I suppose the question therefore is, how will the issue of climate change affect the election? Well there was a national protest about global warming last weekend, the so-called “walk against warming”, and it’s probably fair to say that the majority of people who see climate change and the supposed need to take action as the main issue which will decide their vote, would have attended the walk.
Cate Faehrmann from the Nature Conservation Council said estimates suggested as many as 150,000 people attended the rally nationally. 150,000, in a nation of 21 million, 141 thousand people. That’s 0.7 per cent. Naturally, this prompted one of Bob Brown’s amusing pronouncements. He told the Sydney march that the turnout proved the environment is a top priority ahead of the November 24 election.
Well Bob, if 0.7 per cent of the population have climate change as their clinching argument for their vote. That’s only enough to tip the balance in six electorates, half of which are Labor electorates anyway.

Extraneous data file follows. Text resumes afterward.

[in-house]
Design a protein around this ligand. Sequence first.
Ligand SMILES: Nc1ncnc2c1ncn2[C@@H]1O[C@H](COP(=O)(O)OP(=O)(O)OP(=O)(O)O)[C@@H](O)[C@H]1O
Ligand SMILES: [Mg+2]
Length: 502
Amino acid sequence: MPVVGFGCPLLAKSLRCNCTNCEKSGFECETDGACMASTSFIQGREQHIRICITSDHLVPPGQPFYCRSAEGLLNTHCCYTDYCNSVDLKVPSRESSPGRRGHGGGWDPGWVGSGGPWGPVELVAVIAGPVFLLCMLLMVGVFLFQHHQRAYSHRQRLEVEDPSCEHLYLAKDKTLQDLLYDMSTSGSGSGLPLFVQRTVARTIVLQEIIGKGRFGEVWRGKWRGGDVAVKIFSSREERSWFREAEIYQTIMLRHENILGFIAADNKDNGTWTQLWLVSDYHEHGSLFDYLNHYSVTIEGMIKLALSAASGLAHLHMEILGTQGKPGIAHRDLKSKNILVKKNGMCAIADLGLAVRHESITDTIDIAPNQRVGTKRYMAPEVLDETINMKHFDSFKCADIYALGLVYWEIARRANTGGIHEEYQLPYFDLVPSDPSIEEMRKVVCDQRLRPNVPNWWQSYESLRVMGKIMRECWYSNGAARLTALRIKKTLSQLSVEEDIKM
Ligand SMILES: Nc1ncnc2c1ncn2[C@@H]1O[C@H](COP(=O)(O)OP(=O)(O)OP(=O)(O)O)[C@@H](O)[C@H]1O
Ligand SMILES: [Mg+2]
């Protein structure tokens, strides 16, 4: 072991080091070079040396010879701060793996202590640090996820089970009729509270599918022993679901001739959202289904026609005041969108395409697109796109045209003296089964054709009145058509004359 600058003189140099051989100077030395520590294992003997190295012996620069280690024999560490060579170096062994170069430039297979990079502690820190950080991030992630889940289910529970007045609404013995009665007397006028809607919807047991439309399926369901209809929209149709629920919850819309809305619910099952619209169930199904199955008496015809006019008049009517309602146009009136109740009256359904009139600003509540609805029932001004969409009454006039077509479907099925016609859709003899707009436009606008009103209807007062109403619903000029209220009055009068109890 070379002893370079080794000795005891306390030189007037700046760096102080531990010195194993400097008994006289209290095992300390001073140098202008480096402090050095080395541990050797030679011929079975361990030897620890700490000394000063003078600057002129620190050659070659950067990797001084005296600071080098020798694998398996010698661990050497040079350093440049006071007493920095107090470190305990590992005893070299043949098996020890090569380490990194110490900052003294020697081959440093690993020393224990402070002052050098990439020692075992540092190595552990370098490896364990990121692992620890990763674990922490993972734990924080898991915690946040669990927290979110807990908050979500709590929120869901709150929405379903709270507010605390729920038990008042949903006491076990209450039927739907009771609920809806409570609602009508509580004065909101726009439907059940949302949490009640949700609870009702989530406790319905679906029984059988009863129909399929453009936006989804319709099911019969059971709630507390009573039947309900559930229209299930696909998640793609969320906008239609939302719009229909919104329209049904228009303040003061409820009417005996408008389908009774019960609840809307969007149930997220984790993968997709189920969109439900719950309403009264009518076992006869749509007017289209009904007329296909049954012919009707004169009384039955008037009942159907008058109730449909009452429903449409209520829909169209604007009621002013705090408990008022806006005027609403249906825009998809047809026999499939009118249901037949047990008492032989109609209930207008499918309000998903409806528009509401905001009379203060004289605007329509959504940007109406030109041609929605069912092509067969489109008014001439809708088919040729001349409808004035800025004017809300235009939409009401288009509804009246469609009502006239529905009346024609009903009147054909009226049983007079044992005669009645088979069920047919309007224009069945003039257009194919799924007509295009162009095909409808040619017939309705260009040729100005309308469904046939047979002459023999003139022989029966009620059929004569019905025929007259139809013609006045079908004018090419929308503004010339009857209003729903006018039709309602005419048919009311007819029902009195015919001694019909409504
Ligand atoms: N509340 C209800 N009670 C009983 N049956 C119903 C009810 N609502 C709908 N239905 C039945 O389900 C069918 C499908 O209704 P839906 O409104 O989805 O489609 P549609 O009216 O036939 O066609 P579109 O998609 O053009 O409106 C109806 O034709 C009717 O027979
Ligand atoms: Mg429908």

The electorates are Hindmarsh, held by Labor by 0.06 per cent
Kingston, held by Liberal by 0.07 per cent
Swan, held by Labor by 0.08 per cent
Macquarie, held by Labor by 0.47 per cent
Bonner, held by Liberal by 0.51 per cent and
Wakefield, held by Liberal by 0.67 per cent.
This 0.7 wasn’t just the climate change fanatics either, the numbers were inflated by other groups tagging along for the ride. For example, the Canberra march was joined by Resistance, the peculiar rent-a-mob socialist movement that seem to turn up to any protest they can find, and a bunch of anti-nuclear movements, which seems strange considering that nuclear power would help to curb carbon emissions.
So, 0.7 per cent, many of whom are so anti-liberal that they would vote against the coalition even if they could cure cancer, produce world peace and end hunger and poverty.
Will climate change have much effect on the outcome of the election? The answer is a very clear “no”.
This has been Editorial Echoes for November 15, 2007, if you have any thoughts or comments about any of this, email them to firstname.lastname@example.org
In the previous episode of Editorial Echoes I provided my Melbourne Cup tips…well as per usual I had a shocker, with my tips running 14th, 16th and 19th.
As I mentioned earlier, the weekly poll on my blog this week is an election poll to see who you will be voting for in the house of representatives. If you’d like to cast your vote, samuelgordonstewart.com is the place to go.
Last week’s question about compulsory voting saw 71% in favour of it. A result which is hardly surprising.
I’m Samuel Gordon-Stewart, I look forward to talking to you again tomorrow, and until then, tada.